TSAROLABS assists with a few critical considerations for protecting data during virtual events:

Use secure platforms:

When hosting a virtual event, use platforms with built-in security features that comply with industry standards. This will help prevent unauthorized event access and protect sensitive data.

Encrypt data:

All data transmitted during a virtual event should be encrypted to protect it from being intercepted by unauthorized parties. This includes video and audio streams, chat messages, and other information exchanged during the event.

Use strong passwords:

Make sure all accounts associated with the virtual event have strong, unique passwords. This will help prevent unauthorized event access and protect sensitive data.

Limit access:

Limit access to the virtual event to only those required to be there. This will help to prevent unauthorized access and protect sensitive data.

Train attendees:

Educate attendees about the potential risks of virtual events and encourage them to use best practices to protect their data.

Use a Virtual waiting room or registration process:

Implement a virtual waiting room or registration process to confirm the authenticity of attendees.

Use antivirus software:

Ensure all devices connected to the virtual event are protected with antivirus software.

Monitor and Logging:

Monitor the event and keep the logs of the event to take action or investigate in case of any security breach or suspicious activity

TSAROLABS follows these best practices and proposes that they help protect data during virtual events and reduce the risk of a cyber attack.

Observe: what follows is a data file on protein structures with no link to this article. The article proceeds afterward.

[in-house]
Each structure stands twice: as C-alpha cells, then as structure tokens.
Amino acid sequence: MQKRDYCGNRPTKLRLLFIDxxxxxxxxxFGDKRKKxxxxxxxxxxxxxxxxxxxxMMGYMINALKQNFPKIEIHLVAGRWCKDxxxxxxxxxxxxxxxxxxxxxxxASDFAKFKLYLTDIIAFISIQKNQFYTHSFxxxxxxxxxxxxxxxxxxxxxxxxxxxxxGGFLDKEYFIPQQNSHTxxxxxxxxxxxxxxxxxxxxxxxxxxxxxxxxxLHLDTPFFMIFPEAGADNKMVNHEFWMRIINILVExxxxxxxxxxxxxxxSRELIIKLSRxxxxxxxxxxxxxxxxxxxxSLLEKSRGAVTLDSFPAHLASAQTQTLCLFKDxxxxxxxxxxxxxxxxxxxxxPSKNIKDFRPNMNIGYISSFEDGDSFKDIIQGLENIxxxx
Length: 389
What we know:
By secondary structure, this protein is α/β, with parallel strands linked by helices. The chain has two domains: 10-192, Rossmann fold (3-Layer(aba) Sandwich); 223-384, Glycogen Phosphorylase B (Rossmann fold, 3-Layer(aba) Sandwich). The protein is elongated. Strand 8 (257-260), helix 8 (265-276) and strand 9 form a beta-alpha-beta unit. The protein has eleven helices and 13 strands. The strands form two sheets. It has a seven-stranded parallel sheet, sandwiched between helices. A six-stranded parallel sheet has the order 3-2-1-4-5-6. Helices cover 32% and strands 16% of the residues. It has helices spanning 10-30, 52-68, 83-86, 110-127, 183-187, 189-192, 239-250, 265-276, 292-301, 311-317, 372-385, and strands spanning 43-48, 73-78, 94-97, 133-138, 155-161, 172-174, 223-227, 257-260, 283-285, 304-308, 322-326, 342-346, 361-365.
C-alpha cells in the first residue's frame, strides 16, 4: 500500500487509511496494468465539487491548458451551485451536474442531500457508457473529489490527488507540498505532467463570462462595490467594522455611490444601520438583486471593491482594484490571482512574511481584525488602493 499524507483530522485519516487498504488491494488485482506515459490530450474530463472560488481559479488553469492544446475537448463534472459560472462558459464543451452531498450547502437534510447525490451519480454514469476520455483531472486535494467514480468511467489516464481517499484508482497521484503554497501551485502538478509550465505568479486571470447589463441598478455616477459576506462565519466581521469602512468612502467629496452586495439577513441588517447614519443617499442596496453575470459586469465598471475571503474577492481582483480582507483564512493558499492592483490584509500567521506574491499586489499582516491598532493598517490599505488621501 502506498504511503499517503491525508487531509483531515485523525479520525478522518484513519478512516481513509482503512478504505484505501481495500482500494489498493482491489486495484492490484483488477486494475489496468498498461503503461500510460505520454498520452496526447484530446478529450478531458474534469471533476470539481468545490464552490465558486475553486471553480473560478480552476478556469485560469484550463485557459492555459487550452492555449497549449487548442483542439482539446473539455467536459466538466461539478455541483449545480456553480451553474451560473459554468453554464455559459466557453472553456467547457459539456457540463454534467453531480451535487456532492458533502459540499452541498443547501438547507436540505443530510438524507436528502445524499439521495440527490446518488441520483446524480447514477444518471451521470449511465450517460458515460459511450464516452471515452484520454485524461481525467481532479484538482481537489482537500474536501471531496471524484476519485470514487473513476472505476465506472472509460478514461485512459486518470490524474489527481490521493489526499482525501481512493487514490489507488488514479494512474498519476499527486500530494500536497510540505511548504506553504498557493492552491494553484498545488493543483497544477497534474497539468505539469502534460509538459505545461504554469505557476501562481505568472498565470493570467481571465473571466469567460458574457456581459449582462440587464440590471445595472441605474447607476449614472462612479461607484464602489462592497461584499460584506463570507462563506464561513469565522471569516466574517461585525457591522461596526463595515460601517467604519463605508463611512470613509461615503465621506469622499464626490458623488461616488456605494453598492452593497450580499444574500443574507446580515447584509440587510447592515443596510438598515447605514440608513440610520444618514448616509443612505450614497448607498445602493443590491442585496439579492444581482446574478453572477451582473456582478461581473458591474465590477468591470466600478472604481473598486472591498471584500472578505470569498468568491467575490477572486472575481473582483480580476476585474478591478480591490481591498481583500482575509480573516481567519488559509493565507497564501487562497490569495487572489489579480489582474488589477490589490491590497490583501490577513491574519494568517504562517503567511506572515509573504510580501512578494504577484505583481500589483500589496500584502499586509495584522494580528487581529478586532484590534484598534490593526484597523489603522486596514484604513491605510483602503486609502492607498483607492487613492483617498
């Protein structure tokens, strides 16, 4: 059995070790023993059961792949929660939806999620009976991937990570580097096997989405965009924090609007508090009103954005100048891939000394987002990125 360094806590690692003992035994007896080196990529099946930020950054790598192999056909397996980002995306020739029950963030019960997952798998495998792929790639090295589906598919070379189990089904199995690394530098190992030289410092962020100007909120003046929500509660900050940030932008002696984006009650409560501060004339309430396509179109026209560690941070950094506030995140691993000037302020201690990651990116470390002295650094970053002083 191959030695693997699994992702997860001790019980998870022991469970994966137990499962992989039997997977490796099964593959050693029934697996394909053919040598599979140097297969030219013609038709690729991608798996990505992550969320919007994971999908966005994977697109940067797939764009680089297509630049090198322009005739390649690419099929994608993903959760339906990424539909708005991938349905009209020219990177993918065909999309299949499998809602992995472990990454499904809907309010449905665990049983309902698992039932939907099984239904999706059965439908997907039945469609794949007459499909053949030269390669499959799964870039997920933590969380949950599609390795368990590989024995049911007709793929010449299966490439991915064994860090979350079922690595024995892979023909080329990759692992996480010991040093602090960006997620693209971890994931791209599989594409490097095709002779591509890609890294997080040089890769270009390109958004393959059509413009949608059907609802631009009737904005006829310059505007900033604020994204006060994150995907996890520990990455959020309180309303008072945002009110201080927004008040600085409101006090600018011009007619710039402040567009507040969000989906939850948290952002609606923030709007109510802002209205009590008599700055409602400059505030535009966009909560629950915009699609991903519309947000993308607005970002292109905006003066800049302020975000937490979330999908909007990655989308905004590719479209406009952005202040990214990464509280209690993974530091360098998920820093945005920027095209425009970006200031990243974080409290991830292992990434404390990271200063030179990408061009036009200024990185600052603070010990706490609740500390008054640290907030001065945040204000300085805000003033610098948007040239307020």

It’s always a brilliant idea to consult with the information security team or experts to evaluate the risks and develop a strategy to secure virtual events.

Related Tags:

Data Protection, virtual data, Financial Sector, Healthcare Department, Data Protection, Unauthorized Access.

Insider Threat in the Banking Sector

Insider threats refer to the risk of harm that people can cause within an organization, such as employees, contractors, or business partners, who have authorized access to the organization’s assets and information. Insider threats can be intentional (e.g., theft of intellectual property or sabotage) or unintentional (e.g., accidentally exposing sensitive information or inadvertently introducing malware into the network).

Insider threats can be a significant concern for banks and other financial institutions. These threats can come in the form of employees, contractors, or business partners who have authorized access to the organization’s systems and data, but who misuse that access for malicious purposes. Some examples of insider threats faced by the banking sector include: